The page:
Many small casual groups spend too much time in discussion. Seeking consensus, time can be wasted and little progress made.
These guidelines offer a simple and effective way to increase the impact of your group’s discussions and use everyone’s time well. Modify them as needed.
Note that these guidelines apply to groups that are voluntary associations, where each member has equal standing and one vote. They do not apply in the workplace or in accountability hierarchies like the military.
All guidelines adopted by your group must be in harmony with the laws of the state in which your group is organized and your bylaws, if any.
Essential Guidelines for Small Casual Groups
- The leader runs our meetings, ensures a fair process, keeps things clear, and helps our group observe its guidelines. The leader is not in charge of decision-making. It is our group as a whole that is responsible for making our decisions.
- Group members have a right to information to help make decisions.
- Each group member will have an equal chance to contribute to discussions. To ensure this, no one may speak a second time until everyone who wishes to do so has spoken once.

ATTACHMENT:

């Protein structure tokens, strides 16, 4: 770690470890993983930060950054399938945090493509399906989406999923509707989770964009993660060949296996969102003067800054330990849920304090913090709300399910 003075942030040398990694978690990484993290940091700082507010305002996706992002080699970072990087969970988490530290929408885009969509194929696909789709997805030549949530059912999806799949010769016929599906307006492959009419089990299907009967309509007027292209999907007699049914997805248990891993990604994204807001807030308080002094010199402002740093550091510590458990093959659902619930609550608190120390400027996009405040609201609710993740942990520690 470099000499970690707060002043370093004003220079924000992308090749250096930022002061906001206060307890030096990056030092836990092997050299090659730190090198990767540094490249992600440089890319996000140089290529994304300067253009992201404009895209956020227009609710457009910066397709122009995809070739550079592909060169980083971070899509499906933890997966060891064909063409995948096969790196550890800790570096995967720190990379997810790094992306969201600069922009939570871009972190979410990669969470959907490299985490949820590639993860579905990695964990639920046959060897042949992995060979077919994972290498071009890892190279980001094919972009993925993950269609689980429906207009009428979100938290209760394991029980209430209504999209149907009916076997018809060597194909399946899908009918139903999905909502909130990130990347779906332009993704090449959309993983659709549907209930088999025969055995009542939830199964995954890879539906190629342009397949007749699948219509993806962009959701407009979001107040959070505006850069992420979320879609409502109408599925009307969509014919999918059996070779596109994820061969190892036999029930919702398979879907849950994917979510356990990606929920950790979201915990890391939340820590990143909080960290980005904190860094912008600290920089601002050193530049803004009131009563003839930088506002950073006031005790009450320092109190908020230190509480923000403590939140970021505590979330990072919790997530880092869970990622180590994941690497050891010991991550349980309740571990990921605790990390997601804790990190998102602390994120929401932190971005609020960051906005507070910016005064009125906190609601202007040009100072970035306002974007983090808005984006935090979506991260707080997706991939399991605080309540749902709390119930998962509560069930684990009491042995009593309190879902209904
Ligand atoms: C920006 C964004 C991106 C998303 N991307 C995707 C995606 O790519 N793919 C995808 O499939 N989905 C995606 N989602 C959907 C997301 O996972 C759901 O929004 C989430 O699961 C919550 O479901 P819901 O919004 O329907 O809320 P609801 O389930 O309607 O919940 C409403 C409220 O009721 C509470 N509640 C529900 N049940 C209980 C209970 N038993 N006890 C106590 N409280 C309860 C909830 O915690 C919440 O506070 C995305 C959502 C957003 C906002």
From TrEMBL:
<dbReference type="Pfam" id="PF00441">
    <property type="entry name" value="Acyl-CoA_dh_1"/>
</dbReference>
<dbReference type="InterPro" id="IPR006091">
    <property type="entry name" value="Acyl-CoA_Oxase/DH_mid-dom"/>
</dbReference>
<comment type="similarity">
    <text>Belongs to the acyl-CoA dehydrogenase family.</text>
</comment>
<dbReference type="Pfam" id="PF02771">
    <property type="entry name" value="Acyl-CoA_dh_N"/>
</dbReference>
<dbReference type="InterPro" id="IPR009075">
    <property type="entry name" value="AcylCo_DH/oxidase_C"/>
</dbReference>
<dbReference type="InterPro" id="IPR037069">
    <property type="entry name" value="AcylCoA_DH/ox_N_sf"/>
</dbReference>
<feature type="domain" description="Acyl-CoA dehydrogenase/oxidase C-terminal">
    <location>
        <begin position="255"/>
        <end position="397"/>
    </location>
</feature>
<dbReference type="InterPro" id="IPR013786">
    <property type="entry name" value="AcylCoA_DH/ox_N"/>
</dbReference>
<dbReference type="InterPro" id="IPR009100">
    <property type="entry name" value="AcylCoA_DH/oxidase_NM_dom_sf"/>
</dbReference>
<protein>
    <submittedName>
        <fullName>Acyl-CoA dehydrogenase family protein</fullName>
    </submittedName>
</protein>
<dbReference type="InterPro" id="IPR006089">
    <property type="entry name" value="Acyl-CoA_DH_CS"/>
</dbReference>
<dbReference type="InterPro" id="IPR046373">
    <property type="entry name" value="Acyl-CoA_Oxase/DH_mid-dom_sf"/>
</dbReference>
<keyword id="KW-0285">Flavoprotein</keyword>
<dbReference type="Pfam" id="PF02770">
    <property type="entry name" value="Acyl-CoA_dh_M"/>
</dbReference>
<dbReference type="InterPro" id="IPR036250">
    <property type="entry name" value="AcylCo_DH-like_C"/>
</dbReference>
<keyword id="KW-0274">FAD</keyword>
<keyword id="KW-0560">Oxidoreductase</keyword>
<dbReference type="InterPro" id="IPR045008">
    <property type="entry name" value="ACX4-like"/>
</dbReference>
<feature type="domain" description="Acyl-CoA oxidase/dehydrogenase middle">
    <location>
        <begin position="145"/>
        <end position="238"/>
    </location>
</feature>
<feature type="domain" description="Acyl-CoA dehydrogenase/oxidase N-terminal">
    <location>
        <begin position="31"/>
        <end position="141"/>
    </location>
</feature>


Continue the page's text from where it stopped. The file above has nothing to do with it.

- Courtesy and respect for others are always required. Insulting or inflammatory language, personal remarks, attacks or profanity are not allowed.
- Discussion of other member’s motives is not allowed.
- We do not allow sidebar conversations such as whispering.
- Members will give their full attention to the meeting. They will not check email, view Internet sites, play video games, text each other or post to social networking sites during the meetings. Any essential use of electronic devices for emergency reasons must not disrupt the meeting. Members who have urgent electronic business will leave the room.
- Discussion must be relevant to the topic at hand. Criticism of past group decisions is not allowed unless that is the subject of the discussion.
- Proposals for action that take more than ten words to be expressed will be written down, given to the leader, and read aloud before they are discussed and decided upon.
- We will try to make decisions by consensus and will vote if we are unable to reach consensus.
- Members with minority views have the full right to their opinions. Recognizing that diversity of thought is essential for good decision-making, our group will not use psychological pressure for conformity.
- When voting, a majority vote (more than half of those voting in favor) is necessary for approval. Members may abstain from voting, and abstensions will not be counted. Proxy voting is not allowed.